“Flexibility is the key to ministry.” Someone taught me that phrase early on in my ministry years. That truth has played out in a big way in churches around the world in recent days. Some have pivoted quickly, some are deeply struggling, all are impacted. I have not posted much for the past week or so because: 1] I have been very busy with the aforementioned pivoting, and; 2] I have been watching, seeing what has been happening and trying to learn from it [or at least gain some sort of handle on what’s happening, lol]. In the days to come, I’ll try to share what I’ve gleaned, for what it’s worth, as well as some ideas that we’re trying. These are just my opinions – treat them as such, use what you can and toss the rest…

I’ll start today with the type of online services that are out there. In my opinion, the best ones I’m seeing are the ones where they are being done from the homes of the people involved. I am BIG into quality and excellence, for reasons that I’ve discussed before, but that doesn’t matter as much as connection and impact. The services from the homes are real people dealing with a real situation and sharing the same experience as their people. These are generally less “produced” than services/messages shot at the church, but everyone understands why and is pretty accepting – look at the Jimmy Fallon show and many other examples out there. The worst option I’ve seen [again, IMO] is the pastors preaching their message to a captive staff at the church building [doesn’t matter if they are sitting 6 feet apart or not]. Your staff should be at home, and so should you, for reason that are obvious to everyone [including everyone watching your services]. I’ll hit the worship side of things in my next post.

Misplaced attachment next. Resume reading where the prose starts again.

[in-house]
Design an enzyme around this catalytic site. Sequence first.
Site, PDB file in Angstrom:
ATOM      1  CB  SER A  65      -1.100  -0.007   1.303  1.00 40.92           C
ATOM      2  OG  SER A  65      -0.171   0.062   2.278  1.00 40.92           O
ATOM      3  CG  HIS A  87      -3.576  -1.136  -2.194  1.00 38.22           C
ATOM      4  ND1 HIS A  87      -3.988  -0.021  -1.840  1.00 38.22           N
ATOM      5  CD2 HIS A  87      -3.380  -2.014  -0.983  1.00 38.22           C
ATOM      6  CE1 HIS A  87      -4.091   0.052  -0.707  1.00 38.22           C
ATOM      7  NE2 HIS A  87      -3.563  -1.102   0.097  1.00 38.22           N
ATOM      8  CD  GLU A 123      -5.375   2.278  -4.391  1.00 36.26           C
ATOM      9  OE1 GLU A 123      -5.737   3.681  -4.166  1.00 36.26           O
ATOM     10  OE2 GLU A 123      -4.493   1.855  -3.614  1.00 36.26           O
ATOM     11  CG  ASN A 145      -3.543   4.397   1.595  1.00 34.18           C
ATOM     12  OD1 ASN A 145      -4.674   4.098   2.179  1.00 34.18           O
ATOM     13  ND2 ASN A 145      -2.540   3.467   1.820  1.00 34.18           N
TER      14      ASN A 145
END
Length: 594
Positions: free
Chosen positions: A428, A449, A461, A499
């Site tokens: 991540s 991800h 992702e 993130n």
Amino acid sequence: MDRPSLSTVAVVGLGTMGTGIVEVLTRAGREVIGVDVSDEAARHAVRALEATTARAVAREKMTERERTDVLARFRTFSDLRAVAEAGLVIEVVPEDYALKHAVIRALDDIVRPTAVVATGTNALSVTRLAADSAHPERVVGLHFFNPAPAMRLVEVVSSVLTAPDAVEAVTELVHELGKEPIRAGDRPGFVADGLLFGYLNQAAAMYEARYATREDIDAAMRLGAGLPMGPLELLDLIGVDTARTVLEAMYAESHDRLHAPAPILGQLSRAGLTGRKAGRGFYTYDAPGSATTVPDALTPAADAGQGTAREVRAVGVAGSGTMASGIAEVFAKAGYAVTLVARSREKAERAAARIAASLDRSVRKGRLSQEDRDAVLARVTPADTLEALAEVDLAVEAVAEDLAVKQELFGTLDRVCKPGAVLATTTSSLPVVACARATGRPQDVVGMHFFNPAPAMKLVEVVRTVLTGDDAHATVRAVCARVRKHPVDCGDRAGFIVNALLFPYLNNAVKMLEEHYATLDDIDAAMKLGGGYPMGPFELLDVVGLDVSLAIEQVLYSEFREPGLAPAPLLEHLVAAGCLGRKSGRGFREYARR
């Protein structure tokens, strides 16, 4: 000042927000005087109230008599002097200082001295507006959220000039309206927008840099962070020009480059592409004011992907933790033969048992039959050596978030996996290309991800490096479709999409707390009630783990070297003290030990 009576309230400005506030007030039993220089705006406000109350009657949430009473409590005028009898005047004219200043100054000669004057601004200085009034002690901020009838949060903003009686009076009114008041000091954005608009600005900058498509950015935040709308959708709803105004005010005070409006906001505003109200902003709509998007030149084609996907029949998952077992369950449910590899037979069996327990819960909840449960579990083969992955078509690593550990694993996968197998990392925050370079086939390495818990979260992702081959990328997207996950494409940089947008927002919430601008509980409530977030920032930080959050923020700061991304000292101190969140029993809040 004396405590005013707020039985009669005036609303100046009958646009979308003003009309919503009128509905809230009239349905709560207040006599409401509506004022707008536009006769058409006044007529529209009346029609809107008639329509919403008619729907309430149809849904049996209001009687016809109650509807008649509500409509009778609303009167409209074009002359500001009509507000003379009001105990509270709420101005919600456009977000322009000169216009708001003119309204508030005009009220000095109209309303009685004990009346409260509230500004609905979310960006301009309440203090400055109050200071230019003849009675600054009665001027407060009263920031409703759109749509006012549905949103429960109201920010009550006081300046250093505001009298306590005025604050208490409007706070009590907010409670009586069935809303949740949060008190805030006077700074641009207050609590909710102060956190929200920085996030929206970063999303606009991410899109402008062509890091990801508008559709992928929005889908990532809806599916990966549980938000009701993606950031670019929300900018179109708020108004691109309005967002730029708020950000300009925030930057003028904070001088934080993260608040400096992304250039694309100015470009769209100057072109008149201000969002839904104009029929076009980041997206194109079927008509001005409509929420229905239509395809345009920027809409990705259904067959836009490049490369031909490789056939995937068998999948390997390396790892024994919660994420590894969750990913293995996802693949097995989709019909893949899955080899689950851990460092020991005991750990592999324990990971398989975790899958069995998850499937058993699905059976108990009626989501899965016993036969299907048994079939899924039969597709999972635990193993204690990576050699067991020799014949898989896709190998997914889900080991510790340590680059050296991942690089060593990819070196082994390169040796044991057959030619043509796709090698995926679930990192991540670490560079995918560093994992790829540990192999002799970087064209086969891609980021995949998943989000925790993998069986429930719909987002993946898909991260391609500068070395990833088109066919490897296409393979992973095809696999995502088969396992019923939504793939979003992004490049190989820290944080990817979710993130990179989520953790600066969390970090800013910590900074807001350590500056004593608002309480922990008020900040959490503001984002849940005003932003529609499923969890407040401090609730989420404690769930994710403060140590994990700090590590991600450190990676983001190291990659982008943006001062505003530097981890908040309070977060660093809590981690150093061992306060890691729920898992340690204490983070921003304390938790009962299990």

Please understand, I don’t think this is a pride issue, although we Americans are famously stubborn [myself included]. I think it’s a fear issue. I think that the individuals involved are afraid that if their quality drops, people will disengage. Two months ago, I would have agreed that this was true to a certain extent. But not now. The rules have changed. More to come…

The rules have changed.

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